Playing in the U.S. Documentary competition of the 2019 Sundance Film Festival. Running time: 91 minutes; in English, and Russian and Hindi with subtitles. No more festival screenings scheduled.
The tiger, revered as a god and killed to near extinction, is the compelling and elusive star of director Ross Kauffman’s “Tigerland,” a look at people in Russia and India who risk life and limb to protect these magnificent creatures.
The tiger’s place in ancient cultures is well-documented, with the animal appearing in ancient cave paintings, as well as art from China, Japan, the Middle East and other places. It’s also a part of pop culture, as a quick montage that includes Shere Khan in “The Jungle Book,” Tony the Tiger, Winnie the Pooh’s buddy Tigger and Katy Perry’s “Roar” demonstrates.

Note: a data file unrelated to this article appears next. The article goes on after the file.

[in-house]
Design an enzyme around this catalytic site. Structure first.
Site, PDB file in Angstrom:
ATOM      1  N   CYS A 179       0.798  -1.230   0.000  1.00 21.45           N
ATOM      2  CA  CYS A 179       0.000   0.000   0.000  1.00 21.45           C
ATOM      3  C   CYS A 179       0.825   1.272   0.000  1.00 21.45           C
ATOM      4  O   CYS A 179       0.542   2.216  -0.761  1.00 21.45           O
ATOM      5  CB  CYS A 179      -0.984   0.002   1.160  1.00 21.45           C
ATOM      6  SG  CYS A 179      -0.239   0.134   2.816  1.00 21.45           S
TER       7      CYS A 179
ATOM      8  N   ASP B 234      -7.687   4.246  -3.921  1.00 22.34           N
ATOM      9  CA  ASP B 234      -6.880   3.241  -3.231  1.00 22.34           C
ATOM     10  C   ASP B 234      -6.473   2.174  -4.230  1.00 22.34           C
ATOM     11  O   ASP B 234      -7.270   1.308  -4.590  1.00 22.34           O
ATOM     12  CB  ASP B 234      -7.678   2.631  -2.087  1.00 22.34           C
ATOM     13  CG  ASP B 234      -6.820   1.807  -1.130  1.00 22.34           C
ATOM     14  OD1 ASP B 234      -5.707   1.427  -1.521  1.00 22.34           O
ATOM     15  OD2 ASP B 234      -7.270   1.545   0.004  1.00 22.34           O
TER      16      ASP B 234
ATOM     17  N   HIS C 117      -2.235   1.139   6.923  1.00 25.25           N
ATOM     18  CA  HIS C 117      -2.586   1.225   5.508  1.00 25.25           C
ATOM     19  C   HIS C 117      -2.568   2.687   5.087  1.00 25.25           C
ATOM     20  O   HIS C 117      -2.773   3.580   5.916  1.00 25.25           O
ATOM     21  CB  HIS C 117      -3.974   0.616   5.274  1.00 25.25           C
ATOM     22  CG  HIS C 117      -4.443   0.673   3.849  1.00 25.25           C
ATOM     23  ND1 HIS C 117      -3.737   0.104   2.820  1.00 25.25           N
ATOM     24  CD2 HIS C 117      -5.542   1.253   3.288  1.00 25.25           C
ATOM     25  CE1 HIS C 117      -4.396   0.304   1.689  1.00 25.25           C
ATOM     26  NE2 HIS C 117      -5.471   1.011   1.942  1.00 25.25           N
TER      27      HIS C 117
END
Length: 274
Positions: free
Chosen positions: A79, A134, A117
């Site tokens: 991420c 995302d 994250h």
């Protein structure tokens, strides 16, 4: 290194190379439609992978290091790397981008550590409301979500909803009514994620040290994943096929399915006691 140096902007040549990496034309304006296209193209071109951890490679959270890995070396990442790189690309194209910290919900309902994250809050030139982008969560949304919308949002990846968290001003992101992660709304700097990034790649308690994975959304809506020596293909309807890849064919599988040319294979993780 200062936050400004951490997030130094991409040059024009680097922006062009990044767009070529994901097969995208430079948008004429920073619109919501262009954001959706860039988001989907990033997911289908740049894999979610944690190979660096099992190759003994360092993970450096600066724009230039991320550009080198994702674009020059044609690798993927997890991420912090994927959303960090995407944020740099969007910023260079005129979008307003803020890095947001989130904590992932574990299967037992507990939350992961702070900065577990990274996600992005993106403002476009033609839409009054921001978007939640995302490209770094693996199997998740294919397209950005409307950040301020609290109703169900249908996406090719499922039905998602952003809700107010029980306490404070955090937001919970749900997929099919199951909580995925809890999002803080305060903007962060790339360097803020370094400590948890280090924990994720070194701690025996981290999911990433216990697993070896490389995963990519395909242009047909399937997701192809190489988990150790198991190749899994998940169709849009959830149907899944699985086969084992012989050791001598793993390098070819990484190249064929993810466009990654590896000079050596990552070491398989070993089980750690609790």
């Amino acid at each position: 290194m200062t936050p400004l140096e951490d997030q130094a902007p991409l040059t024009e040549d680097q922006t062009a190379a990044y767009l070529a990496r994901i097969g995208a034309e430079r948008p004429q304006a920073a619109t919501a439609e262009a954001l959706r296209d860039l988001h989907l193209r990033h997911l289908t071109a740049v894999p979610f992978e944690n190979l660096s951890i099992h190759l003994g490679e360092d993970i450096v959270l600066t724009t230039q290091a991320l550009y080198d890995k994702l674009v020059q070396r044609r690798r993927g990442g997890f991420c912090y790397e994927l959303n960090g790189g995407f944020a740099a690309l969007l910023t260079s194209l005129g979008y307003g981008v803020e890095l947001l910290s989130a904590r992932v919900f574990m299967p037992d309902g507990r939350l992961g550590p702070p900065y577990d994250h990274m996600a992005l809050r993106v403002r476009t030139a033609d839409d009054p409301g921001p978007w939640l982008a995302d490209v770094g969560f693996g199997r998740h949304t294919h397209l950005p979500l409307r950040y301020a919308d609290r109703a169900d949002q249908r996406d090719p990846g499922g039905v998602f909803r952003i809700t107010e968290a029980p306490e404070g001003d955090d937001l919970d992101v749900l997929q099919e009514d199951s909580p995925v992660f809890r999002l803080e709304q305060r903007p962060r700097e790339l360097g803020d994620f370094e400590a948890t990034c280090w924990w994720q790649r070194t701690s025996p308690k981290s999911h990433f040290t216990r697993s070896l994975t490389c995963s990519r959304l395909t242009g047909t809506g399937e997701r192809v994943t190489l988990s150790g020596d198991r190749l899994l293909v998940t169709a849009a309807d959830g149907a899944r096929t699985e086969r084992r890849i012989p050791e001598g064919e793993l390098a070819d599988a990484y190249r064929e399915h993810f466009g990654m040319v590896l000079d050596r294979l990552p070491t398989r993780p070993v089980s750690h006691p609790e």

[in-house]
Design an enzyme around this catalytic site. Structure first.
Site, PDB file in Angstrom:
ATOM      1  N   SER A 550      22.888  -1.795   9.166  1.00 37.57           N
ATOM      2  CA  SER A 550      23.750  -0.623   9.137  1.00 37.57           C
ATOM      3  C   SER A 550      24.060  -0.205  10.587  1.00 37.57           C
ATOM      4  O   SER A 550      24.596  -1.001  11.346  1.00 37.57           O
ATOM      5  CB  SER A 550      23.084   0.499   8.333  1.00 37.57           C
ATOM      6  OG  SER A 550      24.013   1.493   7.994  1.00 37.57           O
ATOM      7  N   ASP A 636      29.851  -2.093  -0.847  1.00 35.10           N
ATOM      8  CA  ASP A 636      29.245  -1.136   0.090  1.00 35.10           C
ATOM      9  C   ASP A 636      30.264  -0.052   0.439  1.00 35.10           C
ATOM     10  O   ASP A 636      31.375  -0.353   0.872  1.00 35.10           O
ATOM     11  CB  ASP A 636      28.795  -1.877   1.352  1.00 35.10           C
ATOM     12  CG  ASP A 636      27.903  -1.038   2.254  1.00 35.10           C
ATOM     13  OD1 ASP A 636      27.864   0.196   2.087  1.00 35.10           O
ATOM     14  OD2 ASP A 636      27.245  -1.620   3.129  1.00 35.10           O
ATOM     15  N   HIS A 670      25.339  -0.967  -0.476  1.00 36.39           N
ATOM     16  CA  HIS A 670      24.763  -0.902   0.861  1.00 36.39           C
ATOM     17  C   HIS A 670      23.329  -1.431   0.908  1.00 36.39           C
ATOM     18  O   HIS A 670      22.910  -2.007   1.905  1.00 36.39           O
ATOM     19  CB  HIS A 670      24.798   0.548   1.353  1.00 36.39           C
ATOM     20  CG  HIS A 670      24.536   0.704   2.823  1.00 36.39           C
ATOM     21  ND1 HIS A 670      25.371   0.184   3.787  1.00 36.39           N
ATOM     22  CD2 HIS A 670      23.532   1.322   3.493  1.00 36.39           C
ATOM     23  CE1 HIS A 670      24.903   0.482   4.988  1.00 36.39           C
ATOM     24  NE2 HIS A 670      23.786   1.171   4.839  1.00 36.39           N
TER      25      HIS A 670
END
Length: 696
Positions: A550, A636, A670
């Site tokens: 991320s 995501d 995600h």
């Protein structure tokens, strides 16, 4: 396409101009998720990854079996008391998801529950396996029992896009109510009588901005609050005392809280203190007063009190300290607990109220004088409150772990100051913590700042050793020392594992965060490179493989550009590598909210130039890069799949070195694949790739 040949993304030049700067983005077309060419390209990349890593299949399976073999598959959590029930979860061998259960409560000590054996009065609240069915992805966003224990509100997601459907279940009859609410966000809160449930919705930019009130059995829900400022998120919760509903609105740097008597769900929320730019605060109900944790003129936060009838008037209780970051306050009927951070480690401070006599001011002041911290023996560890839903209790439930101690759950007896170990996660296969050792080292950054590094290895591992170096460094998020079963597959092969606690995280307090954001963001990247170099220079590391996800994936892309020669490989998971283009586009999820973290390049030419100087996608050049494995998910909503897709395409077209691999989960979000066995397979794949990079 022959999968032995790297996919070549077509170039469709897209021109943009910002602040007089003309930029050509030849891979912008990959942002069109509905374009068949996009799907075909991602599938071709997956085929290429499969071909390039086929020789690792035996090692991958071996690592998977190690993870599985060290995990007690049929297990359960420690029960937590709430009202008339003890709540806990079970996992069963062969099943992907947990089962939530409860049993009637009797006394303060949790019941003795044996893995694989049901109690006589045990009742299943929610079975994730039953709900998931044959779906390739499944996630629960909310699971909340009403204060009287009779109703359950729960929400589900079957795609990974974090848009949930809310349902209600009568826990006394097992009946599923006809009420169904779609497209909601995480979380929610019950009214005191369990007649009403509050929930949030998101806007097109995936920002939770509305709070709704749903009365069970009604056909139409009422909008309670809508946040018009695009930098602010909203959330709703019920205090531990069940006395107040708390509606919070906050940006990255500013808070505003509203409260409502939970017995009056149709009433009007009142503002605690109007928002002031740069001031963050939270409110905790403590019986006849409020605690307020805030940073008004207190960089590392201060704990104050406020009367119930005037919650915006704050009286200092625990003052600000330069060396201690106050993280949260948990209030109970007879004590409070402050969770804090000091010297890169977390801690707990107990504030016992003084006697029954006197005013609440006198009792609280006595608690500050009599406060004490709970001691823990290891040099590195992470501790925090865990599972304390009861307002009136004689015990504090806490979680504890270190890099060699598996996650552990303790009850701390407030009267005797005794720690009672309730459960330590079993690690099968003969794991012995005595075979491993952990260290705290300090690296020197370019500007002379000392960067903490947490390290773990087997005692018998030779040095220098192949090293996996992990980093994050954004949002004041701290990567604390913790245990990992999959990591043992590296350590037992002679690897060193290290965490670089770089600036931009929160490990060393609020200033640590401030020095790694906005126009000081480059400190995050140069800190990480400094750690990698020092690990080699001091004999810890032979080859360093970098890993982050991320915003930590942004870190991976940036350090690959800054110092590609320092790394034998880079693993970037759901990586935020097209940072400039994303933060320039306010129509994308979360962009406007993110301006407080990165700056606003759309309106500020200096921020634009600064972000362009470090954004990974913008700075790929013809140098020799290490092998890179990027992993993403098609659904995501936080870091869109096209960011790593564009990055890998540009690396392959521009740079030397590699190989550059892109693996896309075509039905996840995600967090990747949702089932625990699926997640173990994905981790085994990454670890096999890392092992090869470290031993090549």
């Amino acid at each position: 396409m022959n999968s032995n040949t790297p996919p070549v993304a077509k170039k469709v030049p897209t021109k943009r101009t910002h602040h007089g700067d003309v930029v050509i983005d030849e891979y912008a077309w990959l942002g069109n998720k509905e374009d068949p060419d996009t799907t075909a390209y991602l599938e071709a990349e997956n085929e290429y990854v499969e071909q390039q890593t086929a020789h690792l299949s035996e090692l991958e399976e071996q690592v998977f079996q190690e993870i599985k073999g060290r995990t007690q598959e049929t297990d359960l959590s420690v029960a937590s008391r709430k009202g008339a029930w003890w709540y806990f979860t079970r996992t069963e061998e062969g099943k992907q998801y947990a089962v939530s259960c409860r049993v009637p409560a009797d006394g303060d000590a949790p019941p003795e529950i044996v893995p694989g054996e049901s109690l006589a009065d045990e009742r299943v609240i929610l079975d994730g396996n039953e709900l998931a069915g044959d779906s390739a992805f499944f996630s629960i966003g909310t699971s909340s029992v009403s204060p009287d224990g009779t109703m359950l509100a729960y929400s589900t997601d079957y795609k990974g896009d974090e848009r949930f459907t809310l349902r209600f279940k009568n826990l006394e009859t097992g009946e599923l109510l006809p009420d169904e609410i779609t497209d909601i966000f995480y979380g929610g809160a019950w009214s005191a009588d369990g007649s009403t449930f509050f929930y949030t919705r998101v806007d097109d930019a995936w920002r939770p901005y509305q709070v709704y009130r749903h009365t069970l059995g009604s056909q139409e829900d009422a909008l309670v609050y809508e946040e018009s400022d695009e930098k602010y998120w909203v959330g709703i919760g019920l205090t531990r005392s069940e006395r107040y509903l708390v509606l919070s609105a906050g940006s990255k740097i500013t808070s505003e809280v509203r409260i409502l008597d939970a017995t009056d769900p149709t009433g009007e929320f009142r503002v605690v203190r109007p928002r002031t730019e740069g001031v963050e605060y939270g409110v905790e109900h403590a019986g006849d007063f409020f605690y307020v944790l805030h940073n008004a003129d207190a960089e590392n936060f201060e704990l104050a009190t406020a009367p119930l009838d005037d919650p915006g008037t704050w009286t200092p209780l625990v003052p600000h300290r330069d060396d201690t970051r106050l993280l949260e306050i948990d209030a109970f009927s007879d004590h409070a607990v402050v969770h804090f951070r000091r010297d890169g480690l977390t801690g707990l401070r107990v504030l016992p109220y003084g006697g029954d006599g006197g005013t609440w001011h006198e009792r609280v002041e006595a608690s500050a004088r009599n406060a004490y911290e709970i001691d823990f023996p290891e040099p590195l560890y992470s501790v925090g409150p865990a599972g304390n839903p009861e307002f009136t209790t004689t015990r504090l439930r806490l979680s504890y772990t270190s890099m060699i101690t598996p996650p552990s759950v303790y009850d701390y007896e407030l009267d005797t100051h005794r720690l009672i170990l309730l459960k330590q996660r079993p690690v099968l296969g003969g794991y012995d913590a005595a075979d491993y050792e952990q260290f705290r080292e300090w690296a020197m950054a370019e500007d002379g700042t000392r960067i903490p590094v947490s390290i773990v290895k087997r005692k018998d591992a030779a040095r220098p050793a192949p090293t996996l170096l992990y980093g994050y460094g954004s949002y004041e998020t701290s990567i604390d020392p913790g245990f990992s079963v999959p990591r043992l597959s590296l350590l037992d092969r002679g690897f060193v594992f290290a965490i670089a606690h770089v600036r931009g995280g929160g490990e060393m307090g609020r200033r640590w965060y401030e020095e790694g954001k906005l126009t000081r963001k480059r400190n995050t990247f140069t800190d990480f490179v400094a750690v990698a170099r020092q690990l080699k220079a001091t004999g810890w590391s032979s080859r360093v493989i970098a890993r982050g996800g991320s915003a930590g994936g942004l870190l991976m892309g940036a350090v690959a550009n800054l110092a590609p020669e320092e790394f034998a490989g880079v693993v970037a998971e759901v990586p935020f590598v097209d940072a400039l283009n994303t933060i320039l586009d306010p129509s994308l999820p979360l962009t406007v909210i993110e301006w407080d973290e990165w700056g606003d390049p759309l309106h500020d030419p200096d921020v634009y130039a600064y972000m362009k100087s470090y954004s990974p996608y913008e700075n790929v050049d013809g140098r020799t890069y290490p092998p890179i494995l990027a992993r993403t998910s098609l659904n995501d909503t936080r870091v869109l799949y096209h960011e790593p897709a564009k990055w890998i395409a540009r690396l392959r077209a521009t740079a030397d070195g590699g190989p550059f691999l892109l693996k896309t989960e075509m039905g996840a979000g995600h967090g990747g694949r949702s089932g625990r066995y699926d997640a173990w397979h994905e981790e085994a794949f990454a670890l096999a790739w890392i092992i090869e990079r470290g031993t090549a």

Kauffman tracks two complementary stories of people fighting the good fight to protect tigers. One is historic, Indian activist and preservationist Kailash Sankhala, who urged the Indian government to ban the widespread and lucrative practice of hunting tigers. The other is Pavel Fomenko, a preservationist in Russia’s Far East, who braves snow and possible maulings to keep alive the 540 or so Siberian tigers still in the wild.
The Russian story is by far the most interesting, in part because Fomenko is such a charismatic figure, a tough Russian bear with a soft spot for these magnificent creatures. (One can easily picture Gerard Butler playing him in a bad movie about him.) Sankhala died in 1994, but the film shows his grandson, Amit Sankhala, and the family carrying on the legacy.
Together, the stories in “Tigerland” show not just the efforts to keep a beautiful animal alive, but demonstrate the power of individuals to change the world.